79
    Female
    Leeds
    Just a reminder that the Q&A with the first Macmillan Dementia Nurse, Lorraine Burgess, will be taking place next Wednesday 30th January 2.30-3.30pm.

    If you are caring for someone with both dementia and cancer, don’t miss this great opportunity to ask Lorraine a question. She has a lot of experience of supporting people with dementia and cancer and their families.

    If you would prefer to contact us privately, then please email talkingpoint@alzheimers.org.uk with your question. We can post on your behalf on this thread without disclosing your username or any other personal details. You may even send a private message to Alzheimer's Society with your question and we will post it here on your behalf. All questions will be answered on the day by Lorraine.

    The Q&A topic is broad so please feel free to ask anything relating to having a loved one with both dementia and cancer and Lorraine will do her best to answer your questions on the day. For example, advice on recognising pain and monitoring symptoms; advice on providing physical cancer care (e.g. stoma care); cancer care and treatment decisions; advice on future planning; advice on dealing with your loved one not knowing they have cancer etc.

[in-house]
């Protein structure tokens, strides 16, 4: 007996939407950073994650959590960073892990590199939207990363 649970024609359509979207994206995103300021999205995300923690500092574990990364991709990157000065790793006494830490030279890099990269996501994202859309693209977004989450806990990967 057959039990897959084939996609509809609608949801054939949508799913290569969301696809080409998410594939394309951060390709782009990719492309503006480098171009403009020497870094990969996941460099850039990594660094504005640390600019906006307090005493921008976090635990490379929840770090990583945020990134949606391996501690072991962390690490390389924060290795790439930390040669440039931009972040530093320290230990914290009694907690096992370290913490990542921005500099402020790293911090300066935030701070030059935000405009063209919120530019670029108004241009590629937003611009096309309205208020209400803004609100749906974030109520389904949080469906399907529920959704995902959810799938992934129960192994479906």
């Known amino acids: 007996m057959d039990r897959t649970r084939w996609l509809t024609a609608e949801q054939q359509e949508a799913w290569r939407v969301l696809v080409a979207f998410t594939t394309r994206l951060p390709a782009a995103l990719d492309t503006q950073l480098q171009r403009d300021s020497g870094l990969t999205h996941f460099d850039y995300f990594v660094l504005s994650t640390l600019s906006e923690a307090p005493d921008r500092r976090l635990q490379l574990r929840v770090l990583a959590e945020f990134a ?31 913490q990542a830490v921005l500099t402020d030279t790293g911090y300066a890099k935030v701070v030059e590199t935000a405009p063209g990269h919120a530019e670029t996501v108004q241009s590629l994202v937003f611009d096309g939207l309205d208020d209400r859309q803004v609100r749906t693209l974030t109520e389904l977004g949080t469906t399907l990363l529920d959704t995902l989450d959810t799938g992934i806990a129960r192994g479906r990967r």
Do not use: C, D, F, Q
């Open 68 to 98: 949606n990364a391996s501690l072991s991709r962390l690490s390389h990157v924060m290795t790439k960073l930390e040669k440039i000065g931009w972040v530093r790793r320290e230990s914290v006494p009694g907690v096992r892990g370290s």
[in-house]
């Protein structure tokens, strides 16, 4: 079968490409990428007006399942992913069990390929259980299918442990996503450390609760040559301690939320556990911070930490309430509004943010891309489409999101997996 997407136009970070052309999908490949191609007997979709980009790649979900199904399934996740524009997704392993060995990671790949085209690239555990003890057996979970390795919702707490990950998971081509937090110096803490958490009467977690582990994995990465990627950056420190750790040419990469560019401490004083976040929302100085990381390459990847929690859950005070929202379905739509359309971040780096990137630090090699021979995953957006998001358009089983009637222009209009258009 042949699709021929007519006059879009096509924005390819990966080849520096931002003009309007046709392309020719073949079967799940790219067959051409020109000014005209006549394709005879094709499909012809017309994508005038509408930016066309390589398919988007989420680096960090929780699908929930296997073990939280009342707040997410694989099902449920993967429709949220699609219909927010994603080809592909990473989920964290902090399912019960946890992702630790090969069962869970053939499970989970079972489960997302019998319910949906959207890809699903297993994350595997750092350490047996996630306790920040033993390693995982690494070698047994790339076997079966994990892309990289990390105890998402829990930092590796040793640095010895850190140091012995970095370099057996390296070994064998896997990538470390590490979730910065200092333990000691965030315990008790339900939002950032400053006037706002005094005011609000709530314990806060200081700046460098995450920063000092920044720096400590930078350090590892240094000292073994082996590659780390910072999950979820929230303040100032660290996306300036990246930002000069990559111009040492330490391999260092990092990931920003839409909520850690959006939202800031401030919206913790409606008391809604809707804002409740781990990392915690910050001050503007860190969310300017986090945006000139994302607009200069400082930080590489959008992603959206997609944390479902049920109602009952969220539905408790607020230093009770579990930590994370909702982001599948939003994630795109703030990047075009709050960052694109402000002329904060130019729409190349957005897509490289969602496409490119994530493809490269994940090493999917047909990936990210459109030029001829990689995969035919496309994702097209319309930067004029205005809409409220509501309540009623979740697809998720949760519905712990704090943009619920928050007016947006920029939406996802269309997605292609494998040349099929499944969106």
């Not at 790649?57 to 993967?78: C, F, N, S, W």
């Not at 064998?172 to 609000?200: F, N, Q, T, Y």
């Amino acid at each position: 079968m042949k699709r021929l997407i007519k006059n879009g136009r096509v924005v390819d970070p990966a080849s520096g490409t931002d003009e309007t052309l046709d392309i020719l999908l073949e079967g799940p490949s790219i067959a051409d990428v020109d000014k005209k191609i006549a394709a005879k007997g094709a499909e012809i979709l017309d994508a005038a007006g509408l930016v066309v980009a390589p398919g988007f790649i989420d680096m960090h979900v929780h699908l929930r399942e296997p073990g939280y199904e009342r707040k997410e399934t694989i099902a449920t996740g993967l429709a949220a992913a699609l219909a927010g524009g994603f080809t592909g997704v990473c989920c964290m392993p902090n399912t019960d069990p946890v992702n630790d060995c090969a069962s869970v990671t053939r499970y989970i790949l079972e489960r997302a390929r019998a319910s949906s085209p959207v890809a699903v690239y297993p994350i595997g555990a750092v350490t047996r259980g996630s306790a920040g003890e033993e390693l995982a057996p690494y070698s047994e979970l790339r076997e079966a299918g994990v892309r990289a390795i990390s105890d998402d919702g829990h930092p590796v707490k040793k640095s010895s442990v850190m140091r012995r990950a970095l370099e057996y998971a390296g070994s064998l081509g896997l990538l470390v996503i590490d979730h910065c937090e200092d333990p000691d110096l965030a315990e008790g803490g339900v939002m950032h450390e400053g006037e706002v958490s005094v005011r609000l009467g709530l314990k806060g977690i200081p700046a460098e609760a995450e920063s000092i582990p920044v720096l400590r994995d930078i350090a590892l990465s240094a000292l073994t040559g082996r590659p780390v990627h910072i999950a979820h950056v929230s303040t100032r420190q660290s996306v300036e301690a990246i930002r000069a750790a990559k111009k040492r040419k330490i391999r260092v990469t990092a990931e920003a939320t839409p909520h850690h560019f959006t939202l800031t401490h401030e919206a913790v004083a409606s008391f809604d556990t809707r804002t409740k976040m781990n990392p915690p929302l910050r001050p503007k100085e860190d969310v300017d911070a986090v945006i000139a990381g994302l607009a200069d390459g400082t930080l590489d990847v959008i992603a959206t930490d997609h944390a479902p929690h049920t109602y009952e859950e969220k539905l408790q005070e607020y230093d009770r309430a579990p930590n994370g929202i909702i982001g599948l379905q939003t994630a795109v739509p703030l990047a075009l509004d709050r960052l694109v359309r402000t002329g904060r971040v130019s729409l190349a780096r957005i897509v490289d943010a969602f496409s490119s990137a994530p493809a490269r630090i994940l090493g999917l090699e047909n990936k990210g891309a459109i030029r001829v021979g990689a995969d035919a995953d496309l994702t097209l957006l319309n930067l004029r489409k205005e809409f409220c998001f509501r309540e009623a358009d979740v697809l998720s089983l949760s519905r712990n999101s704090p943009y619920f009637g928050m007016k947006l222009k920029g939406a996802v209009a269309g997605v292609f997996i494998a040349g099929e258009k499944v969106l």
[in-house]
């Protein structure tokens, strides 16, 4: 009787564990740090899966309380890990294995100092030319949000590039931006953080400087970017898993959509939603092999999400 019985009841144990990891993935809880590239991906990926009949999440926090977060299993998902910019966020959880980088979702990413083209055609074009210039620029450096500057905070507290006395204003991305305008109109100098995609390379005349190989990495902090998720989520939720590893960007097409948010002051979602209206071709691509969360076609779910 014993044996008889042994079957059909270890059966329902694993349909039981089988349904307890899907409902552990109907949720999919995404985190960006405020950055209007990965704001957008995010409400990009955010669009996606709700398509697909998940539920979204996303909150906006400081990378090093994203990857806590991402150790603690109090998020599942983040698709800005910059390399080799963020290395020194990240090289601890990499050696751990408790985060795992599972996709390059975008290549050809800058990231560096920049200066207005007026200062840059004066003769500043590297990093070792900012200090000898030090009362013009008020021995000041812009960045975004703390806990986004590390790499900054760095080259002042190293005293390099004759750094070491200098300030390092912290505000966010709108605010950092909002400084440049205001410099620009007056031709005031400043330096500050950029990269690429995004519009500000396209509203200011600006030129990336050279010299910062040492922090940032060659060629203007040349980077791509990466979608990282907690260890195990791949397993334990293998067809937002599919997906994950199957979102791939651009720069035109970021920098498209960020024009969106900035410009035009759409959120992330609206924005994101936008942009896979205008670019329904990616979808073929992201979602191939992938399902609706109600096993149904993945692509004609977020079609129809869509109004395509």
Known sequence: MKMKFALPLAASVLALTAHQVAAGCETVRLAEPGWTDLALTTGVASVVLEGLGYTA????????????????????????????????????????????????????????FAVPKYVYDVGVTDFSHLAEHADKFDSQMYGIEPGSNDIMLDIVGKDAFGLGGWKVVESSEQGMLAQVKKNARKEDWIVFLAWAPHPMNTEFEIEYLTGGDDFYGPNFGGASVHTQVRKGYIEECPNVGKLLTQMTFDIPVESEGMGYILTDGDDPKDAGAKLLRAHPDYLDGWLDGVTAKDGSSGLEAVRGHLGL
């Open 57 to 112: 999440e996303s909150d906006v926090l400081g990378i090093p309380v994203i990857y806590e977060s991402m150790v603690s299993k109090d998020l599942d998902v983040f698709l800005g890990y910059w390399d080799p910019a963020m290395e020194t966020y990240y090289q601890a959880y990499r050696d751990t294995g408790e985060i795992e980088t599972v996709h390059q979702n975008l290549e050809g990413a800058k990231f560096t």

Feel free to post on this thread or contact us in confidence by the methods mentioned above.

    Best wishes,
    Mollie
     
  3. Phew

    Phew Registered User

    Feb 10, 2018
    15
    Hello,
    I'm wondering if you can offer any help please. My stepfather is having increasing problems being able to line things up, ie key in the lock of the door is the big issue. Today was particularly bad for him. So much so that I'm not looking into where on earth I saw doors that locked upon being closed, ie no need for a key (how on earth you open them again is beyond me - hopefully not with a key) !